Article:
Steering committee meetings are characterized by a high degree of interaction because they entail exchange of information, discussions, negotiations and decision-making.
One of the tasks of moderation is that steering committee meetings are conducted in the spirit of collegiality, cooperation and professionalism. At the same time, in some cases, steering committee meetings become an arena for power games between conflicting interests or rivalry between steering committee members and/or the institutions they represent. Moreover, often a SC brings together institutions which organisationally are hierarchically related to one another but are on an equal footing within the project. The clash of these two different “logics”-- the vertical one of the organisational context and the horizontal one of the project context -- can be one source of tension.
Owing to this complexity, a skillful moderation (see “moderation script”, see “welcoming”) often plays an even more important role for the efficiency of the SC than in other working contexts. On one end of the spectrum, if the interaction in the SC is dominated by hierarchy or by the persons with the most influence, decisions will be taken quickly, but there is the risk that a partnership spirit would not be developed and SC members would not feel committed. On the other end of the spectrum, if members discuss intensively but without someone helping to focus the exchange and ensure that important issues are addressed and decisions are made, then there is a risk of inefficiency and even frustration, in case of conflicting points of view. Therefore, it is essential to find the right balance, which in turn depends on the overall context (project experience of the SC members, maturity of the team, project phase, topics, etc.).
The choice of a moderator depends on the context and the culture. If an external moderator is preferred, it is essential that he or she be officially endorsed by the political partners, not only in a written form, but also personally in the first SC session. Moreover, it is advisable that before starting, the moderator explain how he or she understands his or her role and intends to implement it. In that context, defining a few working and communication rules and visualizing them might be helpful. If one of the SC members moderates the SC meeting, it is advisable to stay alert and diplomatically help to support the communication process, whenever necessary. Rotating moderation by different members of the committee is a good way to strengthen participation and ownership.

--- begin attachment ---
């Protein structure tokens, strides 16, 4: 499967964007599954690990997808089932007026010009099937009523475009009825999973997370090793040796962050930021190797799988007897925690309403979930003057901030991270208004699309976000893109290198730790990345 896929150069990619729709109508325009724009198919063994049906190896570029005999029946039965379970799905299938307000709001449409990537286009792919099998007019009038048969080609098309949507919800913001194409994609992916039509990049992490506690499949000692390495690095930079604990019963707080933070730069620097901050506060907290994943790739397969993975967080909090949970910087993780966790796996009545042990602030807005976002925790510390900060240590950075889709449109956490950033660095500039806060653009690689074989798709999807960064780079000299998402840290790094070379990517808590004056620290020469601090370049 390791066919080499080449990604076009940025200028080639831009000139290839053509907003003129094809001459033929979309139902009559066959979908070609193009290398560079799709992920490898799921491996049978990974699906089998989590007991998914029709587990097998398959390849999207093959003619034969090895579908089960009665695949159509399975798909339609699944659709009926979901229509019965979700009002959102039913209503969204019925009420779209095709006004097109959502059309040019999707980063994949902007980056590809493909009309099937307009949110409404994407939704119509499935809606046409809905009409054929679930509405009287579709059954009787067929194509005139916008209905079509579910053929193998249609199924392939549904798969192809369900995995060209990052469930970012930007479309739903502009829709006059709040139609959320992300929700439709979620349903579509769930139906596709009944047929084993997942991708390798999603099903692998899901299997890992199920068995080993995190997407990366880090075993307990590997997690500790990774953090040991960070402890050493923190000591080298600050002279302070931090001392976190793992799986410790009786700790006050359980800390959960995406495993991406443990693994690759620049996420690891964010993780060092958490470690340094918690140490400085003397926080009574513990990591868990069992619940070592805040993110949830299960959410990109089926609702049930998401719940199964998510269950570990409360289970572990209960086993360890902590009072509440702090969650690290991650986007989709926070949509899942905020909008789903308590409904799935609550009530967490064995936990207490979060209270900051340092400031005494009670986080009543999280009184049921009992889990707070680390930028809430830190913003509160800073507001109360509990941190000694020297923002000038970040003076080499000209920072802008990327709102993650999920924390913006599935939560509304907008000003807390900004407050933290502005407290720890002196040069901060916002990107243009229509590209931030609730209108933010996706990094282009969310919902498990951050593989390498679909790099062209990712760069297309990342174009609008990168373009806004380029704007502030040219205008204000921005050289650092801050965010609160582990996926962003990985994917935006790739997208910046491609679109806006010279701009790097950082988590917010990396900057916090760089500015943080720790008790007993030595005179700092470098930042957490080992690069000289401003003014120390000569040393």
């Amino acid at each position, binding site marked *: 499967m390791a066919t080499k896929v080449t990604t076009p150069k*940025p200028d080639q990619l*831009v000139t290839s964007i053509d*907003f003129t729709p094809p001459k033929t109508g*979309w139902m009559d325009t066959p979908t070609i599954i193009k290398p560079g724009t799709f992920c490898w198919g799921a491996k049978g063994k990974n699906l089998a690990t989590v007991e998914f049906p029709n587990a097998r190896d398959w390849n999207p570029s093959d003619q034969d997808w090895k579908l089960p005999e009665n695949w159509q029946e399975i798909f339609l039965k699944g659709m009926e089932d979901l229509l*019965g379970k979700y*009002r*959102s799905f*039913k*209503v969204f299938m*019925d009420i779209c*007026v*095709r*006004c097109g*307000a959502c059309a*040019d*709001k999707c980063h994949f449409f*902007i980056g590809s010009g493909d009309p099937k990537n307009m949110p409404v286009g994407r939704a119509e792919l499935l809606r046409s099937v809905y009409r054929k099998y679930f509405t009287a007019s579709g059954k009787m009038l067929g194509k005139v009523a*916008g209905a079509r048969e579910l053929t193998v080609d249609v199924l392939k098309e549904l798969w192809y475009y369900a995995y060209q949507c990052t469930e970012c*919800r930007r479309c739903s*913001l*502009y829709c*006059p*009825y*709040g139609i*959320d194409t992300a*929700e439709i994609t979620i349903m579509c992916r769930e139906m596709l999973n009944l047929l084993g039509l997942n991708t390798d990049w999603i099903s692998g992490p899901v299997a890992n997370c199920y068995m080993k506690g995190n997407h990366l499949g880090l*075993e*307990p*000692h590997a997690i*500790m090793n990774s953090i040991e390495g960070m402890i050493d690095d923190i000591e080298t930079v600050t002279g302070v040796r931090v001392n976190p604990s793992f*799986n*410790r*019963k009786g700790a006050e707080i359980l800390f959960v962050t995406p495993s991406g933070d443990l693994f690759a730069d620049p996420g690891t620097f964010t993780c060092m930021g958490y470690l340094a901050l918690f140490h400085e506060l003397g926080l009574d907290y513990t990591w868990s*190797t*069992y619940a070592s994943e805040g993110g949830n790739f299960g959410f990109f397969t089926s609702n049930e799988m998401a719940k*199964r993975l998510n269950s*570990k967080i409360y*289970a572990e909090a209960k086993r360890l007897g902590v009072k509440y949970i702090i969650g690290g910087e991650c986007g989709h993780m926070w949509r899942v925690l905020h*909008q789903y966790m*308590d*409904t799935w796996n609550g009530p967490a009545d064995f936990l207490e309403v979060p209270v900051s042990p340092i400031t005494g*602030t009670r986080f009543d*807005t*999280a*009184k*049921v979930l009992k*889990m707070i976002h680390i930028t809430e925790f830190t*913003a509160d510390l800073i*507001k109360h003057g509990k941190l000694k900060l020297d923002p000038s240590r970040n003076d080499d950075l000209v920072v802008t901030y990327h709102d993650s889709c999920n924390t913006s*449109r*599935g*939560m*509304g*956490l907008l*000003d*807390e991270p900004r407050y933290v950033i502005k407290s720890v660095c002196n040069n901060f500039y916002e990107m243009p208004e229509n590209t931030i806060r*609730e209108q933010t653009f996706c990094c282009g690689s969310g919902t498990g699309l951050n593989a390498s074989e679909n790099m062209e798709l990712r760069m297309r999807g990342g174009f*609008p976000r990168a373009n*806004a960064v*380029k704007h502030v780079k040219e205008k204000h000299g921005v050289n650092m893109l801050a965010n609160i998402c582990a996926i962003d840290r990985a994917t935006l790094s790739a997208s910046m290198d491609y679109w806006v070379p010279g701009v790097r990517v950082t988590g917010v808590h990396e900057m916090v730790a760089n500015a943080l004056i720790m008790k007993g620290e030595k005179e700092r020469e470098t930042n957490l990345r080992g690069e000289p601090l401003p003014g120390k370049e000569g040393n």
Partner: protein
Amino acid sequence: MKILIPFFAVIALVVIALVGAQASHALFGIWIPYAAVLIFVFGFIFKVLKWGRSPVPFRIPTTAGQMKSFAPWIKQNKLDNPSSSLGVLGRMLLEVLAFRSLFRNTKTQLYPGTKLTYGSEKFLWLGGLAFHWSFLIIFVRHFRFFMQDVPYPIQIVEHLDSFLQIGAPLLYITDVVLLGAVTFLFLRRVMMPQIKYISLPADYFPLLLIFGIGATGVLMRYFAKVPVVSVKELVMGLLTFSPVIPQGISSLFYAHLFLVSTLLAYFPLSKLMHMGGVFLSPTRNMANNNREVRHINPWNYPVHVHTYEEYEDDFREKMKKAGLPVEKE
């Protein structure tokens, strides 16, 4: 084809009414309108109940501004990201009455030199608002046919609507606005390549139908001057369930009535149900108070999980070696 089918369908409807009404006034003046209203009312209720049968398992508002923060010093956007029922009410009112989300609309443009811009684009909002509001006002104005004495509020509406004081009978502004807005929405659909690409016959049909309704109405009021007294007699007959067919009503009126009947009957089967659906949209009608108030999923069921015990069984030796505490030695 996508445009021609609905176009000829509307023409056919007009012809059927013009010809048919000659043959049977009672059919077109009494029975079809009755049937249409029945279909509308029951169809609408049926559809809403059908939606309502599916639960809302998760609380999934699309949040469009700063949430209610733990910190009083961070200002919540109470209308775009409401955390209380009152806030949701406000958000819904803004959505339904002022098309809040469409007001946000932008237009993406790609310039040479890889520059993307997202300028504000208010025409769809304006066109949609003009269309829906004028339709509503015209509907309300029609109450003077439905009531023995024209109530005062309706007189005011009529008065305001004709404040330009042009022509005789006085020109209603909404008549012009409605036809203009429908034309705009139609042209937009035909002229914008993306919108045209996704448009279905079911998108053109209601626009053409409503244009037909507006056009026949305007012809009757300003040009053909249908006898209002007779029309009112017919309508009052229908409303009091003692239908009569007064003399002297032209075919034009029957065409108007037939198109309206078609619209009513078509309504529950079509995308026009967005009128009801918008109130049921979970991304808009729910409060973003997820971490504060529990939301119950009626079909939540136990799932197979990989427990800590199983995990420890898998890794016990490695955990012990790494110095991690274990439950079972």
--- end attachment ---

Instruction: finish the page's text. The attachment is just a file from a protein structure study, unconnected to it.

Steering committee meetings and workshops have a lot in common when it comes to moderation and technology (for instance, aspects regarding breaks and directly addressing participants). Therefore, it is recommended to consult also the workshop format for additional useful tips.
Information and tips which more specifically apply to SC meetings, in general, and to a virtual mode in particular, are presented below.
Every steering committee session should have an agenda which should be sent to the SC members in advance. If the steering committee has agreed on Terms of Reference for its work and decision-making, some agenda points might be already pre-defined there (e.g. “update on progress” or “overview of next steps”. Whenever possible, it is helpful that SC members agree on the main agenda topics already at the prior session as well as review the agenda jointly at the beginning of the meeting to give the opportunity of adding important last-minute topics.
Where applicable, the discussion points to be taken up by the SC should be included in the agenda. The draft agenda should be approved by the political partners in advance (especially when it comes to sensitive issues) in order to avoid conflicts during the meeting.
The updates of the project implementation which will be presented at the meeting are to be prepared in close cooperation with the project partners.
It is advisable that technical discussions take place among technical experts prior to SC sessions, for example, in the context of technical committees. In case technical questions cannot be solved at this level and need the intervention of the steering committee, then the specific technical question can be listed in the agenda, so that the SC members can prepare. Another possibility to clarify technical issues would be to virtually connect the technical expert(s) during a time slot of the steering committee meeting.
In case of frictions or conflicts between SC members, it is also advisable, whenever appropriate, to create space for or encourage bilateral clarification prior to the SC meeting.
Whenever particular topics have to be addressed (e.g. midterm or final self-evaluation, development of concrete solutions for a given problem, exchange and working out aspects like a shared vision or how to ensure the sustainability of activities and results), breakout sessions offer the possibility of closer cooperation in small groups, in which more reserved members also have a chance to speak.